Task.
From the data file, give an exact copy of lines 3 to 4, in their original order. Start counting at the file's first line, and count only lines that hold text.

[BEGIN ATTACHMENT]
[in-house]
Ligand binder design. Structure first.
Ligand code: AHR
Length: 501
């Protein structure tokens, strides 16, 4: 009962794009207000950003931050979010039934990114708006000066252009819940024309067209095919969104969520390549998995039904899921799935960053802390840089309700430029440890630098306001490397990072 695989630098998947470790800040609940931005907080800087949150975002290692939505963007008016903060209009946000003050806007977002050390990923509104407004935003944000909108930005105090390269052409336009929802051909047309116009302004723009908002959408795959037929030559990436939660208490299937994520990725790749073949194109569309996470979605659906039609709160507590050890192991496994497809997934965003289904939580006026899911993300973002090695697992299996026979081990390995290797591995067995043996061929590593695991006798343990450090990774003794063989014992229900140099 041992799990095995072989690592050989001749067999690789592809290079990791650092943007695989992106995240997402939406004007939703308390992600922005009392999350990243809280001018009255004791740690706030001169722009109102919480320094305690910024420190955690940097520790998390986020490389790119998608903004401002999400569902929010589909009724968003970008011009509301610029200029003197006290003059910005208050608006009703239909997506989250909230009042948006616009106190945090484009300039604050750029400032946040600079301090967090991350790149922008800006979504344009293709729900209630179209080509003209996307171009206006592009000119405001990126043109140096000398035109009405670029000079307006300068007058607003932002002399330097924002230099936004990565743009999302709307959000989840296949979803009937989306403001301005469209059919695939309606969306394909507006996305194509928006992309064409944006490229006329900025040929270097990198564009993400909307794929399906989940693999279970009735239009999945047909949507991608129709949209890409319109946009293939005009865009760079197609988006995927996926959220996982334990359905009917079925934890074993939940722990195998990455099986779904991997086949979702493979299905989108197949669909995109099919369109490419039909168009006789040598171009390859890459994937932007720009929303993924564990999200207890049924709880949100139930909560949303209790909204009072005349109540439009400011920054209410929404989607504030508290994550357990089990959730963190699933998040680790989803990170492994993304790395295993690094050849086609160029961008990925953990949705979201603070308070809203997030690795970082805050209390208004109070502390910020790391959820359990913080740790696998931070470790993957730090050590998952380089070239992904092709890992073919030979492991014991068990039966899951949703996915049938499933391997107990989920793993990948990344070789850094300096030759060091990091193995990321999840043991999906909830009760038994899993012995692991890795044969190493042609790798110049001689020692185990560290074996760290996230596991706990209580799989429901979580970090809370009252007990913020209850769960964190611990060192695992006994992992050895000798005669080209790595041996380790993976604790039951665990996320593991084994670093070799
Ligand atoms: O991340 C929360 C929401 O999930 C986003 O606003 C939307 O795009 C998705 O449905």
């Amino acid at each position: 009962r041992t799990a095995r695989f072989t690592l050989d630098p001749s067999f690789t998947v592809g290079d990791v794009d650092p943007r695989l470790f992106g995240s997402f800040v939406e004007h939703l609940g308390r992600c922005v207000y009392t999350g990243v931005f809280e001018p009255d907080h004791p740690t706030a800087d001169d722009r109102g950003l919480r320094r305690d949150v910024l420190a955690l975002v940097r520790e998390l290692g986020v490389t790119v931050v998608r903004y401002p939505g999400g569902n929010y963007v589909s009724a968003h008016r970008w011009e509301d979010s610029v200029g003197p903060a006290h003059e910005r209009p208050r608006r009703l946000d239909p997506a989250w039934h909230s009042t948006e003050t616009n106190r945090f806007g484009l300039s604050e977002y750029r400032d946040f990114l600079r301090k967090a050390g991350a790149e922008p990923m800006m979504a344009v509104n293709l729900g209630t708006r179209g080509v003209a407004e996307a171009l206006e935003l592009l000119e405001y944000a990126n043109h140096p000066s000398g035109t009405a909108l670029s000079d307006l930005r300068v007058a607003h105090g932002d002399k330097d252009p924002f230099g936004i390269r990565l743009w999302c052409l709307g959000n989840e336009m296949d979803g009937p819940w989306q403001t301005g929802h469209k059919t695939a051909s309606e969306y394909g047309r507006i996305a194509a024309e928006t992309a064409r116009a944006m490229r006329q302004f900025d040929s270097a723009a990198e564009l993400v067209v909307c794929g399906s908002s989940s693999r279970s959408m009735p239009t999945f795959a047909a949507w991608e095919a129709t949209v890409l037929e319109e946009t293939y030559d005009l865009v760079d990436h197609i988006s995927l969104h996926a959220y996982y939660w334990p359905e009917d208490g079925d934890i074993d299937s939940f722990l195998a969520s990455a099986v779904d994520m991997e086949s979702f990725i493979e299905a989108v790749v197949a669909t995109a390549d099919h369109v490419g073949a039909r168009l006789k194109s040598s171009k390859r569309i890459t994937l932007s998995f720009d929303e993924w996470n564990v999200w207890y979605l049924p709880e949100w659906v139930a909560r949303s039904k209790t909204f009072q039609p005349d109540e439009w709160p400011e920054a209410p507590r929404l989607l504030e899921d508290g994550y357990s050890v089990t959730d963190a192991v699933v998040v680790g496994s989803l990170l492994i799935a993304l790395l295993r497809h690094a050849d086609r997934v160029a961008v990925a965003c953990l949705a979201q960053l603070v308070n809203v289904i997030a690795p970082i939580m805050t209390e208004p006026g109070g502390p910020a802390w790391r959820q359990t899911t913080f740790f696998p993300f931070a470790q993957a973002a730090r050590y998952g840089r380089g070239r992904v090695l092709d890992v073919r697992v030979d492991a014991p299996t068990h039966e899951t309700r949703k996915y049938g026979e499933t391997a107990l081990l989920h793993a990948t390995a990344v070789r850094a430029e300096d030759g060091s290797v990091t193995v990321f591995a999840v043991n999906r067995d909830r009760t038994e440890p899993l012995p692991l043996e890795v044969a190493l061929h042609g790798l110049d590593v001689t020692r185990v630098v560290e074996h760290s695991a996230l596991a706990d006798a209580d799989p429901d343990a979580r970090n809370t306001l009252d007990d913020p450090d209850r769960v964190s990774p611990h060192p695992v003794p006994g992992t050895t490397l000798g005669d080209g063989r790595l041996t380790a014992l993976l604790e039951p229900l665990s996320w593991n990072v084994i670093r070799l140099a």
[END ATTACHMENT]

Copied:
Ligand code: AHR
Length: 501